GBP Exchange Rate Forecast

The Pound has been a victim of its own recent success, with the subsequent results now coming back to bite.

UK Factory Orders released yesterday showed a drop to the lowest figure for 2 years, confirming fears that UK exports are starting to struggle. The key factor for the reduced figures is the strong pound over the weak Euro, essentially meaning Eurozone partners are being priced out of the market. Factory output is currently reported as being at 2008 levels – a cause for concern.

We have seen in the past the BOE (Bank of England) act swiftly to boost export opportunities by ‘talking down’ the value of Sterling. I therefore wouldn’t be surprised to see Mark Carney (BOE Governor) make this move sooner rather than later to bring the Pound down – potentially in his address on Friday at 08:45.

UK ‘Consumer Price Index’ (Inflation) figures are released at 09:30 this morning and again a slight reduction is expected. Inflation is moving further and further from the set target of 2.0%. The main reason Inflation is struggling to hit target is primarily the incredibly low international oil prices, lowering the cost to the UK household for fuel. I wouldn’t be surprised to see the Pound again weaken so ensure that you are ready to act swiftly if you haven’t already.

The overwhelming point to consider for anyone holding Sterling is that we are about to enter potentially the most volatile trading period for 5 years. The UK General Election is essentially wide open with an outcome incredibly hard to predict. Parliament is set to dissolve on Monday 30th March, so expect the Politicians now free to hit the campaign trail to do so with vengeance!

Euro Still Affected by Greece?

German Chancellor Angela Merkel met yesterday evening with Greek Prime Minister Alexis Tsipras to discuss all things debt.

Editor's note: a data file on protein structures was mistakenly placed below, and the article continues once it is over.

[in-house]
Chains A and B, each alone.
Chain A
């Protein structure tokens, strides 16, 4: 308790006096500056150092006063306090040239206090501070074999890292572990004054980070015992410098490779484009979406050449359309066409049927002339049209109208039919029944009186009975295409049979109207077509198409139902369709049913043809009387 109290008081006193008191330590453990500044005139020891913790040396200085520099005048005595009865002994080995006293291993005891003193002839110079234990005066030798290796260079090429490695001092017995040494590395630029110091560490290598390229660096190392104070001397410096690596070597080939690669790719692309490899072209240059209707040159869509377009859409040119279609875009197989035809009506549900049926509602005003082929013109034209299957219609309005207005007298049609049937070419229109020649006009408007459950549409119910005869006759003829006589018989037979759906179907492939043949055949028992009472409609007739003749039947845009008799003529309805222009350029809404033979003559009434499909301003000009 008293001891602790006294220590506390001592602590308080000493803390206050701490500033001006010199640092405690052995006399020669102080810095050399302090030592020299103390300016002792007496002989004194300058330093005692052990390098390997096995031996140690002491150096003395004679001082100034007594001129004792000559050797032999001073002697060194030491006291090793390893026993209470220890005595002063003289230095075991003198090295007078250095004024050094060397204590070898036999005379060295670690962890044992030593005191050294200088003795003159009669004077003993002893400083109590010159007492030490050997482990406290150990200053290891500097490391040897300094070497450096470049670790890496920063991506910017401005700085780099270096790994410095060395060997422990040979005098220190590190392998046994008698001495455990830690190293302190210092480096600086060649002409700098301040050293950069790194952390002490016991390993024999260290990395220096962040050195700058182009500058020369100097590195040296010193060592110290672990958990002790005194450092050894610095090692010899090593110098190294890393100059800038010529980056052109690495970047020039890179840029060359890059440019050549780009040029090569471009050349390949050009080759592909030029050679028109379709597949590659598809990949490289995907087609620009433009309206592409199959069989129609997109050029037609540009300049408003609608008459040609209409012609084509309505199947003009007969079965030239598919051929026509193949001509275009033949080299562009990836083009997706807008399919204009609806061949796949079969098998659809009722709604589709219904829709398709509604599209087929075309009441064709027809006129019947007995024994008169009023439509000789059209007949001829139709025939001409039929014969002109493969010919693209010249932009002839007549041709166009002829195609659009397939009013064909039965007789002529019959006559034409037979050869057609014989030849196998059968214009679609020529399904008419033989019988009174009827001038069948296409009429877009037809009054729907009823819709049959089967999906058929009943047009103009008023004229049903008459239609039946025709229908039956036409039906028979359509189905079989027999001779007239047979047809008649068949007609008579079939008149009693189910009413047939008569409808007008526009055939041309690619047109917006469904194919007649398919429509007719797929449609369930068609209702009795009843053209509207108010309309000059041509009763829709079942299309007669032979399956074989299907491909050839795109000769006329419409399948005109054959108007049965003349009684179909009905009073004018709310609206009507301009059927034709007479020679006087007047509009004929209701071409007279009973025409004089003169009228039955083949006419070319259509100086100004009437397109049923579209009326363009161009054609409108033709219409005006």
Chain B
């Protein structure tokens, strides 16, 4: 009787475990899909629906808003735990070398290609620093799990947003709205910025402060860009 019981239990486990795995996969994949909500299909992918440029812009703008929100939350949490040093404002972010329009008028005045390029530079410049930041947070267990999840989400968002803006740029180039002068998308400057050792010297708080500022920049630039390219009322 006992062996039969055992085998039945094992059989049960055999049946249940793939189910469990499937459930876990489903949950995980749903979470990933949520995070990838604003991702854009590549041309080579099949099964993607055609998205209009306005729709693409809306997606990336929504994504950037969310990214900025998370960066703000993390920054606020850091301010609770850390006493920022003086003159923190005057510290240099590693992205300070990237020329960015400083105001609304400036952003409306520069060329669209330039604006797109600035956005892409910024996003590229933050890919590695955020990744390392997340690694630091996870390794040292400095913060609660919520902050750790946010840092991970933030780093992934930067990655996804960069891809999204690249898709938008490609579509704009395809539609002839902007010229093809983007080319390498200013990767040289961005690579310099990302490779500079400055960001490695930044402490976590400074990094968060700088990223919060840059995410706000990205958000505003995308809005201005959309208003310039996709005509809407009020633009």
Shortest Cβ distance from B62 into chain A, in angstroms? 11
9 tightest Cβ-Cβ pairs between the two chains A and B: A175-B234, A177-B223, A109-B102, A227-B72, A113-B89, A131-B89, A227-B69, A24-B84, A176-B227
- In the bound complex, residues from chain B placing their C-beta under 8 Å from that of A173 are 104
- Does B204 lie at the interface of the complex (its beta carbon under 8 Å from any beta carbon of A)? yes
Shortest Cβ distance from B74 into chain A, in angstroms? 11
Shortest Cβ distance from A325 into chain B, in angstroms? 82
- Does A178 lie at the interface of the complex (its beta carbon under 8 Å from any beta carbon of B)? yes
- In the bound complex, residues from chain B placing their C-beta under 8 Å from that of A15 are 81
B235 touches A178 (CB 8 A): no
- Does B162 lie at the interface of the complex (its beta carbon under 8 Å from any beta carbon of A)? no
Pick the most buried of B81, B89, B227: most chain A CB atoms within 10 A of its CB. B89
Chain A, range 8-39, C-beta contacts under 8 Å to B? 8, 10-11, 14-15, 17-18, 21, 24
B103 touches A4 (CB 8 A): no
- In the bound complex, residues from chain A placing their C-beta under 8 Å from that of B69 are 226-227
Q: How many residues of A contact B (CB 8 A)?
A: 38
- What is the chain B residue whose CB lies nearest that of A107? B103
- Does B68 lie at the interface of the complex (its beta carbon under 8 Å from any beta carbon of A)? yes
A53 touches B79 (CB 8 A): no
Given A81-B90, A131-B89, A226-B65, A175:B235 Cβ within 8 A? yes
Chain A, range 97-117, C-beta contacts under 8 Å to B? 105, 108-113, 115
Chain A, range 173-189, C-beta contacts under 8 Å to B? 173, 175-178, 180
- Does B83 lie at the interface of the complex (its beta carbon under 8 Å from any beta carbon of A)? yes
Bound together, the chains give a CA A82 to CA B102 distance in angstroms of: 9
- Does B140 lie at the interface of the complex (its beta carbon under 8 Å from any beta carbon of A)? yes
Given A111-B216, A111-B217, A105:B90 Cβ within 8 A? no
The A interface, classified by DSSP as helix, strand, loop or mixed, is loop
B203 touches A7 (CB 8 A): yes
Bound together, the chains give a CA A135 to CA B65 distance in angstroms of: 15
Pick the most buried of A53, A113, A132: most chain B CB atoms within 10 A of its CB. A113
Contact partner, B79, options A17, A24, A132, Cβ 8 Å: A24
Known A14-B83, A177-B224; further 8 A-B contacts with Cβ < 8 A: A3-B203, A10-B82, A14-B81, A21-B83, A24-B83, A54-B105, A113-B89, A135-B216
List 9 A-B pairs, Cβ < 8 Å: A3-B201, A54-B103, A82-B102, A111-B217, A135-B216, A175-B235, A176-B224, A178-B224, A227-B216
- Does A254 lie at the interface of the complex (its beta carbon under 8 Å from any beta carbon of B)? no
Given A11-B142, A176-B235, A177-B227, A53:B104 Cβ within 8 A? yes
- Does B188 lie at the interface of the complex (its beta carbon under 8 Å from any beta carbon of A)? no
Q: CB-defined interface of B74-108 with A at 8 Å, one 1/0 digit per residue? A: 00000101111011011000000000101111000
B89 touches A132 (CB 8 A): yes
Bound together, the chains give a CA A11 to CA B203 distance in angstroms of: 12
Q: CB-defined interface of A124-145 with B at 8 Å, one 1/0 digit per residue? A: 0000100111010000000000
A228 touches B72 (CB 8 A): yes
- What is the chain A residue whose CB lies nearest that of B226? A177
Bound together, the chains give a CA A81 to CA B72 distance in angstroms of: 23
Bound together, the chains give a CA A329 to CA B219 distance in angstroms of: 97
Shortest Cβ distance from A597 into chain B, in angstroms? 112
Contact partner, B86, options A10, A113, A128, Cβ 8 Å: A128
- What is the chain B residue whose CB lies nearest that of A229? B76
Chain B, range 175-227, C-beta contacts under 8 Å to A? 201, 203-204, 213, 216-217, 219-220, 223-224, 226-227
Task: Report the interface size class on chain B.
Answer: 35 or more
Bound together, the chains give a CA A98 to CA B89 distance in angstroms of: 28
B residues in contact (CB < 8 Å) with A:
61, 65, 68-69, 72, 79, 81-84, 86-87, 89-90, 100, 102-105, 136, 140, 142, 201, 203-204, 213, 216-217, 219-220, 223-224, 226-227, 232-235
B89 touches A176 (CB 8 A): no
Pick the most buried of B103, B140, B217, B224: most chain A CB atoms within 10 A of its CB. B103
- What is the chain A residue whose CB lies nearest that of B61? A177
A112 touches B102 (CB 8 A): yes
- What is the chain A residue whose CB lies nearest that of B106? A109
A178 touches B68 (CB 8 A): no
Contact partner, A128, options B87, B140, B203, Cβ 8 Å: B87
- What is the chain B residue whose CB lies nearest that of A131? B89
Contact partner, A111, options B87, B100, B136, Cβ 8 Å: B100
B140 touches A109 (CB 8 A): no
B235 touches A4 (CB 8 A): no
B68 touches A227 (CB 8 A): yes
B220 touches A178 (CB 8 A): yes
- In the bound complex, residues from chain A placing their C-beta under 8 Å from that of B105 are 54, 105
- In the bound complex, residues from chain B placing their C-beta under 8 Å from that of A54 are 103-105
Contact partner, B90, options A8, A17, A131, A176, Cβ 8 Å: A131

It is clear that even though extension to certain bailout payments have been granted, Greece is still struggling financially and is pulling out even the most drastic measures to change that.

With the Greek Bailout situation potentially back in the limelight, Euro buyers should ensure that they are watching their position.

For more information on how future data releases could affect your currency requirement, call our trading floor on 01494 725  353 or email me here

USD Forecast – What to Expect for the Rest of the Week

Following last week’s bold move in to the mid-1.40s, Dollar buyers have seen a slight improvement.

Janet Yellen (Chair of the US Federal Reserve) indicated that, ‘Policy makers aren’t rushing to raise Interest rates’.

This has seen the Dollar lose the gains made, and puts a big focus on to data releases this week for those with a USD exchange.

This afternoon the US releases Inflation data (12:30) and tomorrow afternoon Durable goods figures (also 12:30).

The week is capped off on Friday afternoon with the US Gross Domestic Product figure so all in all still a very busy week for the Greenback.

That being said rates do not move in a straight line. Touch base with your trader to make sure you have every pair of eyes on the market possible!

New Zealand Dollar – When will we see 2.0 again?

The New Zealand Dollar has seen a huge improvement over the last 30 day (as noted in the above table), gaining back roughly 10 Cents against the Pound.

The Reserve Bank of New Zealand announced on 12th March that Interest rates were not going to be cut on this occasion, and more recently a primary Kiwi Bank (NAB) have been very ‘bullish’ in their Exchange Rate forecast. NAB has indicated that due to good returns harvested from investing in NZD, the NZ Dollar should have a period of strength.

However, this should be seen as a window, rather than the norm. Reserve Bank of New Zealand Governor Graeme Wheeler has the power to halt a rampant Kiwi Dollar by cutting Interest Rates so I don’t think it will be too long until a return north of the 2.0 mark is seen.

If you are Selling Kiwi it may be worth making a move…

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Exchange rates on this page are interbank rates and indicate where the market is trading to show the performance of a currency pair. They are not indicative of the rates which we offer. The information on this web site is provided free of charge for information purposes only. It does not constitute advice to any person on any matter. Foreign Currency Direct plc. ("FCD") makes every reasonable effort to ensure that this information is accurate and complete but assumes no responsibility for and gives no warranty with regard to the same.